By 1892 Australia became independent of foreign smelting, which was hugely important as we went into World War I.
“The ingots of lead, silver and zinc went to all corners of the British Empire, marking the end of the line for the ore and the beginning of Australia’s transformation from an agricultural to an industrial economy
“Today the little railway line has almost disappeared from sight and the railway towns are in decline or gone altogether.
“But the legacy is a powerful one. In its heyday, Broken Hill-to-Pirie kept the railways profitable and helped carry South Australia through the depressions of 1890 and 1929; it also financed the continued business of building railways in challenging arid lands. In 1927, Australia finally had a string of rail lines connecting Sydney with Perth.”
“It (the Heritage Rail Trail) gives people a chance to slow down, to stop and engage with people in these towns.”
On the ground, a digital guide gives visitors background on the towns.
In Peterborough – the coldest place in South Australia at -3C in winter, (rising to 45C in summer) – the Sound and Light show is projected on a silver screen while visitors sit in first class carriages to be taken back in time against the backdrop of 23 bays containing old locomotives and rolling stock.
The Steamtown heritage rail centre is a 4-acre tribute to the men and women and families of Peterborough who used to work 24 hours a day to maintain the locos and tracks.
“The Sound and Light show brings to life what you have seen during the day and the history of these towns – including Jamestown home of RM William’s and Haigh’s Chocolate.”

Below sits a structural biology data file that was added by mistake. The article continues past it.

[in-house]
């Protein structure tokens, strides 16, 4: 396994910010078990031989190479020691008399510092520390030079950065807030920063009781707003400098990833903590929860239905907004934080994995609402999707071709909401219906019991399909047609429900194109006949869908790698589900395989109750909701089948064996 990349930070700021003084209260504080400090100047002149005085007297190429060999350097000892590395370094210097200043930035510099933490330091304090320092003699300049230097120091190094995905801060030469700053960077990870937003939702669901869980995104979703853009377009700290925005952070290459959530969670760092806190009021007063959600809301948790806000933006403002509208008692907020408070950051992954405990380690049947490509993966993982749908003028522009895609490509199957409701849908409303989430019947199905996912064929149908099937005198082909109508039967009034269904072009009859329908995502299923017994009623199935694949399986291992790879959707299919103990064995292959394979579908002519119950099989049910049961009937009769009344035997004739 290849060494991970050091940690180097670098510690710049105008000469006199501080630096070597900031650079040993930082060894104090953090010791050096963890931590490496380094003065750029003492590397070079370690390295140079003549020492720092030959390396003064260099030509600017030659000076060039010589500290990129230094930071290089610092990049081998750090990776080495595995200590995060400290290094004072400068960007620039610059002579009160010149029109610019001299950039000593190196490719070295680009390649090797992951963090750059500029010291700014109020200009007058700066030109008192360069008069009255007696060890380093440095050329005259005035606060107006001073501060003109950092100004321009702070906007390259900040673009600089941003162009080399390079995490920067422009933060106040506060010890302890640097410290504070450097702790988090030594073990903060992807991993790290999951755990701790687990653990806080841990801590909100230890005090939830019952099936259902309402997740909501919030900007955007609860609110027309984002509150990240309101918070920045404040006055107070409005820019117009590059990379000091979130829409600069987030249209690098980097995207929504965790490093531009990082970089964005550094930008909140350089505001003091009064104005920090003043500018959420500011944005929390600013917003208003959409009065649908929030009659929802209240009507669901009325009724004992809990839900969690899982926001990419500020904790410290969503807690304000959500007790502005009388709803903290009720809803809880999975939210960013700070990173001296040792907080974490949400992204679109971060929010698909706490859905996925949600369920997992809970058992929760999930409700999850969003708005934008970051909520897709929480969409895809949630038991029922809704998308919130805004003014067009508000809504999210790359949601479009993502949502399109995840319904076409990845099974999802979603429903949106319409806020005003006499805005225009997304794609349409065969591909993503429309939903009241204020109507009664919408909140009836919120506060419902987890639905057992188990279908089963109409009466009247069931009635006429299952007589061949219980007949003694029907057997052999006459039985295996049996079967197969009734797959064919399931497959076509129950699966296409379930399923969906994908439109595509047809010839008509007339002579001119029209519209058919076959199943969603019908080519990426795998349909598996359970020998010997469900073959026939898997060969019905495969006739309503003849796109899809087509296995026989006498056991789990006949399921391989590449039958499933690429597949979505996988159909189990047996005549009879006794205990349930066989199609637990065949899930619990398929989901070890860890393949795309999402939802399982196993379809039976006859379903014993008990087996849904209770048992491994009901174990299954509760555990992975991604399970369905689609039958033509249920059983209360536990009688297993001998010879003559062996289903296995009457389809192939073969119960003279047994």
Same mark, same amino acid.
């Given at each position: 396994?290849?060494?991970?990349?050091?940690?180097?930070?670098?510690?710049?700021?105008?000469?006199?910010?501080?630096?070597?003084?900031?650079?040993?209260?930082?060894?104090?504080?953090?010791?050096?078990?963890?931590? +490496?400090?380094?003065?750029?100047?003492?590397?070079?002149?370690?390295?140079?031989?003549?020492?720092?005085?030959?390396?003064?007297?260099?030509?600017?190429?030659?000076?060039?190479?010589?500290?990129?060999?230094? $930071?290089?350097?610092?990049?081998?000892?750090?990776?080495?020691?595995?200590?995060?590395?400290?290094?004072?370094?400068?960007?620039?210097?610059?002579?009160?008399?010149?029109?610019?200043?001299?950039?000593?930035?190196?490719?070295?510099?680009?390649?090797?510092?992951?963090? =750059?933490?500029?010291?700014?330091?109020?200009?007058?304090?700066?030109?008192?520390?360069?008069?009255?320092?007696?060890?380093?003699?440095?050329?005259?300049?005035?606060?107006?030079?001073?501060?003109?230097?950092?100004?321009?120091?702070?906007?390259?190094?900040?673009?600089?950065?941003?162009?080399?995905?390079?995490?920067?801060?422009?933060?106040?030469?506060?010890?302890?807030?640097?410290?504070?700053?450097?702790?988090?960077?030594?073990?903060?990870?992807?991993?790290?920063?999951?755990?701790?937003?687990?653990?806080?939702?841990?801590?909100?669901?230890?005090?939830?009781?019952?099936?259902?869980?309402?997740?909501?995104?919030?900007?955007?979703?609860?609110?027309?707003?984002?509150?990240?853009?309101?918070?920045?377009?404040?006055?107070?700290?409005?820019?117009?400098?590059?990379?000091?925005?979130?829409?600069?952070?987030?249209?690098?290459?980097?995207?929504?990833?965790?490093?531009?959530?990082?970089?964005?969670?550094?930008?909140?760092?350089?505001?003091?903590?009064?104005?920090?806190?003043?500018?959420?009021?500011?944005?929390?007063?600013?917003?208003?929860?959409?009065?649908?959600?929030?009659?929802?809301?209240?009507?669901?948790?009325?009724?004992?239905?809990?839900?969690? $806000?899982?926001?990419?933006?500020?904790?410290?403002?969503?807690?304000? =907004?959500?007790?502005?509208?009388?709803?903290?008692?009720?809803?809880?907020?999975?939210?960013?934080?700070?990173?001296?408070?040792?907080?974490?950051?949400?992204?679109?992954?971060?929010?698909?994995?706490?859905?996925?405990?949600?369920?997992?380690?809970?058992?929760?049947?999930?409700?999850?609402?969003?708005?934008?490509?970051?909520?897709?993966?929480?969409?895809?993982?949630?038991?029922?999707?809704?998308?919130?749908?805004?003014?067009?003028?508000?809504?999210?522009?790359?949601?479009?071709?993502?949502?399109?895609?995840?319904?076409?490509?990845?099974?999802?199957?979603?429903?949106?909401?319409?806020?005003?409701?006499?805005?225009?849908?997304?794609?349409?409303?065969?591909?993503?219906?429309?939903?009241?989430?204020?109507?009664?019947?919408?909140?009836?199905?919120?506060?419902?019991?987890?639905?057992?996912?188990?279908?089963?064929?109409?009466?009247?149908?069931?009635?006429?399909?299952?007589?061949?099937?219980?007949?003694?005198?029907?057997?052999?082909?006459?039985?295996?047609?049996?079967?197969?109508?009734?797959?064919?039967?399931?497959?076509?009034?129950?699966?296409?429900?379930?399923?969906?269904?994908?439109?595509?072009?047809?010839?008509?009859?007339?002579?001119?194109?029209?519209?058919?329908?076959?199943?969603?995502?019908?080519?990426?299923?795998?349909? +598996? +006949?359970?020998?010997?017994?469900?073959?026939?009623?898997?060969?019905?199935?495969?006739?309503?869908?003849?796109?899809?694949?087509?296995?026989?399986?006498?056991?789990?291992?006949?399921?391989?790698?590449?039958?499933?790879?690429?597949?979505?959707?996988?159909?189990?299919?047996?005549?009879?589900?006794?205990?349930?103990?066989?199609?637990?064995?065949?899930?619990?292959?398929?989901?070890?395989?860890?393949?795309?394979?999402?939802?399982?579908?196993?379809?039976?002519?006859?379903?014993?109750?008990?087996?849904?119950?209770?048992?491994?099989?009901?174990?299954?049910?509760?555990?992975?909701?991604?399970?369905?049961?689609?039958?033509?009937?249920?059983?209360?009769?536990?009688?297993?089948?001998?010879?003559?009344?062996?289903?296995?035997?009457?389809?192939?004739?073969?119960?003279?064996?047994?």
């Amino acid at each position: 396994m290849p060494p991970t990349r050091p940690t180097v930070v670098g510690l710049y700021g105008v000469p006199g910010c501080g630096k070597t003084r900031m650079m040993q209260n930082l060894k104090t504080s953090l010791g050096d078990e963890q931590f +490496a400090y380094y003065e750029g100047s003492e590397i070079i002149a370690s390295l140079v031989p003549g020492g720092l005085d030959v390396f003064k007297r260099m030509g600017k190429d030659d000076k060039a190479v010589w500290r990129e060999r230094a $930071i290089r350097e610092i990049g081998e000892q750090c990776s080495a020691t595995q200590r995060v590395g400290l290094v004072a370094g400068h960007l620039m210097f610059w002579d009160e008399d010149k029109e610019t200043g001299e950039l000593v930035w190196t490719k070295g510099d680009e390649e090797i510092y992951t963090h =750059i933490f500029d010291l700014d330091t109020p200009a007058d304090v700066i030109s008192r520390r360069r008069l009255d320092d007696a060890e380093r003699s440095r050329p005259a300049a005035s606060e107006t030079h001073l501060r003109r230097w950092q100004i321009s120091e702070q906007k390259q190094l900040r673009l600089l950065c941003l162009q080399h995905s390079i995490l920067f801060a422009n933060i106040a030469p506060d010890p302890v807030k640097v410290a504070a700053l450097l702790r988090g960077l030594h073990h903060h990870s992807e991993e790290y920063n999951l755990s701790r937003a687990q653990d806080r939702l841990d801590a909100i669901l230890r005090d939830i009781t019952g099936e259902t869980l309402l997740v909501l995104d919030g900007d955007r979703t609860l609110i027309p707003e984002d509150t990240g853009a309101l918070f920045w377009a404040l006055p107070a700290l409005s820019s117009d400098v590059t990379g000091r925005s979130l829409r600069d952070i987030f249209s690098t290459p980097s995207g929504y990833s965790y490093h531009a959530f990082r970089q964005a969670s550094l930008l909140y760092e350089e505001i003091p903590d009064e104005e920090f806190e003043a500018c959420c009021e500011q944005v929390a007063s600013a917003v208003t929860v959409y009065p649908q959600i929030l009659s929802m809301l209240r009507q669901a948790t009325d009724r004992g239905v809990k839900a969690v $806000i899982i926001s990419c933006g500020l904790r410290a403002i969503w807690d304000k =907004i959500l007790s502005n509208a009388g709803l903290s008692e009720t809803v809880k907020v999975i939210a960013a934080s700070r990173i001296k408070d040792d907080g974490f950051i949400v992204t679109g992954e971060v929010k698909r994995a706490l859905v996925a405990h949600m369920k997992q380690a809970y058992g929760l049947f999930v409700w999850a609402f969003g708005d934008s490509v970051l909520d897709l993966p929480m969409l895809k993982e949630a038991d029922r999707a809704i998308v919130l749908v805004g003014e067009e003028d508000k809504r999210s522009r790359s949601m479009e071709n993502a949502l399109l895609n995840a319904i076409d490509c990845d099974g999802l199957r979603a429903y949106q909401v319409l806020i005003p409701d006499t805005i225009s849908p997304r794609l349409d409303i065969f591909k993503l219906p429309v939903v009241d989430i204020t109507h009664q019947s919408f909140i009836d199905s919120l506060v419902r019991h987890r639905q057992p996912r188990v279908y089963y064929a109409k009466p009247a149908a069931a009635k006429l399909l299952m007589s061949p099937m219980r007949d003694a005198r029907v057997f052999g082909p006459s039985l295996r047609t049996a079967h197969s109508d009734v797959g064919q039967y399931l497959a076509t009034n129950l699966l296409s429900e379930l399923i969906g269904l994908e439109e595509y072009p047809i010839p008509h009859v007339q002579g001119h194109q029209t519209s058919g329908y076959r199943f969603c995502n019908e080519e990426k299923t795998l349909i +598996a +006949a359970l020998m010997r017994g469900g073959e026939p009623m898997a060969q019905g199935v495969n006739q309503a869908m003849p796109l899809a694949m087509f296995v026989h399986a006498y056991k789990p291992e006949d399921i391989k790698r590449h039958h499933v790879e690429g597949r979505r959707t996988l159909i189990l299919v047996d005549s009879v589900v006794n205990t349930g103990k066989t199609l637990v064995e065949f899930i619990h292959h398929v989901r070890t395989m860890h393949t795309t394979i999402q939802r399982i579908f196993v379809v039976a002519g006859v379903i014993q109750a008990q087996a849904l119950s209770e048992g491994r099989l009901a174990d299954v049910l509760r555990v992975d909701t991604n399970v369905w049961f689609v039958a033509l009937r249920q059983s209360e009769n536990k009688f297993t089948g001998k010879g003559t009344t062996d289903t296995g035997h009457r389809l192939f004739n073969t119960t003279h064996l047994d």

The men worked three shifts a day and they could tell by the sound of the hooter how busy their shifts would be.
“If it was loud that meant they would have a relatively easy shift, if it was drawn out it that meant there was a big demand for steam.”
The men were drivers, shunters, engineers who made sure the world’s busiest railway line continued to function.
“The Sound and Light Show helps you get close and personal with the times – it’s not unusual for people to have bit of a weep – it’s such a powerful story of rags to riches and back to rags again.
“They worked in incredibly harsh conditions at a time when work health and safety was non-existent.
“Imagine being a fireman stoking an engine in 45C heat. In the towns where they stopped for water, the water was from bores and of terrible quality so the locos had to be descaled in Peterborough.”
People love seeing on the big screen how things actually were Kent says.
“There were no couriers to get things overnight they had to make things, which meant there were skilled trades and blacksmiths.
“Not only did they get on with it, they excelled.”
Now travellers can cruise through the red countryside from Broken Hill to the agricultural plains and finally the cool, pure waters Gulf St Vincent in safety and comfort.
“They can have a big slab of T-bone in Broken Hill and a few days’ later prawns in the Spencer Gulf.”